"Student Loans Are Broken: This Company Just Raised $100 Million to Fix Them," by J. J. Colao (Forbes)
Money Quote: "'The federal government is pricing loans as a one-size-fits-all-solution,' explains [David] Klein, 33. 'They're not pricing loans appropriately for the most creditworthy.' This means that an MBA student at Harvard often pays the same rate as a student at a much less selective program, even though their earning potential and employment prospects differ dramatically."
The article discusses CommonBond, a student lending company that just raised $100M. It plans on offering student loans below what the federal government is charging by cherry-picking good students from great degree programs which presumably have a lower default rate. What do you think? Should the government get out of student lending and/or guaranteeing entirely? Would the market do a better job of not creating education bubbles? Will this just leave the bad risks on government's shoulders? Would this create social problems? Is this the future?
Weil Gotshal & Manges Partner Harvey Miller discusses the future of law school in the U.S. with Tom Keene on Bloomberg Television's "Bloomberg Surveillance.
How in touch is he?
"Some law schools report increasing enrollment, citing low tuition and increasing financial aid," by Debra Cassens Weiss (ABA Journal)
Money Quote: "Some law schools are reporting increasing enrollments even as the number of applicants dropped 12% this year."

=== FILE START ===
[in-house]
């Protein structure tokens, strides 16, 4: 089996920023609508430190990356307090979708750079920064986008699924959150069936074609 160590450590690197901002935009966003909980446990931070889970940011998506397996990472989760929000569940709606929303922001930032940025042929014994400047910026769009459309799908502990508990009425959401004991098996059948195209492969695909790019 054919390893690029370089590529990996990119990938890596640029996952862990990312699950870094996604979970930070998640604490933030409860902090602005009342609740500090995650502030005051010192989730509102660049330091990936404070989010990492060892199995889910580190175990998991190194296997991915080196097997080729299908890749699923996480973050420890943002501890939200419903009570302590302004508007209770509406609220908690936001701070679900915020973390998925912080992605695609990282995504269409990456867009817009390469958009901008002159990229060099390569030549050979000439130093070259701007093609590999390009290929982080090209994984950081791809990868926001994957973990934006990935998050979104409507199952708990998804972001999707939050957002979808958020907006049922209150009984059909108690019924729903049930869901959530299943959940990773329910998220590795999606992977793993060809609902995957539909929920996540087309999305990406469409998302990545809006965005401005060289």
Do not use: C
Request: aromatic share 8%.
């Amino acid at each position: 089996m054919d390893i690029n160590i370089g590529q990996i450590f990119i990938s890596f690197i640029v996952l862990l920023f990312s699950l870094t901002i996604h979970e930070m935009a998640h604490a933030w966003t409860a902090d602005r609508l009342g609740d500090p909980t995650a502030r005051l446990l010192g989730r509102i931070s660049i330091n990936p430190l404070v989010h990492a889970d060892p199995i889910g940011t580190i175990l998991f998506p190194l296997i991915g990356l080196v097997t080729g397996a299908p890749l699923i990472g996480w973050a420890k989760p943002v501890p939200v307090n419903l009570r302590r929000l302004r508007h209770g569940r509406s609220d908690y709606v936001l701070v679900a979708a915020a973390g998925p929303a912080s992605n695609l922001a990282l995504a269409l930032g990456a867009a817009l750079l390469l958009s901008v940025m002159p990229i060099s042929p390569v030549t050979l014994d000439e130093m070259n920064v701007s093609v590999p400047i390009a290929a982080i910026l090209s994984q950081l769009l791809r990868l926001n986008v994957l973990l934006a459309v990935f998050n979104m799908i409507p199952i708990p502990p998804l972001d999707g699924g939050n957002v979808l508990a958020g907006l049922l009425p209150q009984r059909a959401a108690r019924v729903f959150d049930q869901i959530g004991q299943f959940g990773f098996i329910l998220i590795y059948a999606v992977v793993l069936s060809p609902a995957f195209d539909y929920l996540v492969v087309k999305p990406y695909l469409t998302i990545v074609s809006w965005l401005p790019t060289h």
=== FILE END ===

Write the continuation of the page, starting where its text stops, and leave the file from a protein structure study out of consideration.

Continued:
Again proving that there is one born every minute.
"Insider's View of For-Profit Colleges, Race, Class and Education Justice," by Tressie McMillan Cottom (Huffington Post)
Money Quote: "I was never proud of my work at ITT. I sold associates degrees that cost approximately $30,000 and bachelor's degrees that cost almost exactly double, $60,000. Worse, I witnessed admissions counselors, financial aid counselors, and management act from a belief not unlike the one articulated at Kaplan University. Most memorable was a September sales meeting where we were told that autumn is an excellent time to close these 'losers' because they will be depressed about their friends going away to college."
Professor Cottom has an article in the September/October 2013 issue of Mother Jones but I can't find it anywhere on-line. I did find this Huffington Post piece which is similar. Should we start calling law schools' "Admissions Office" the "Sales Department"? Do you think TTT Sales Departments refer to their prospective sales leads as losers, or at least think it? Do they call them lemmings behind their backs?
And thanks to Anonymous from the prior post who forwarded these NBC links:
as follow up to the story about the young attorney holding down three part-time jobs while living at home with his parents. Remember the future is in energy drinks.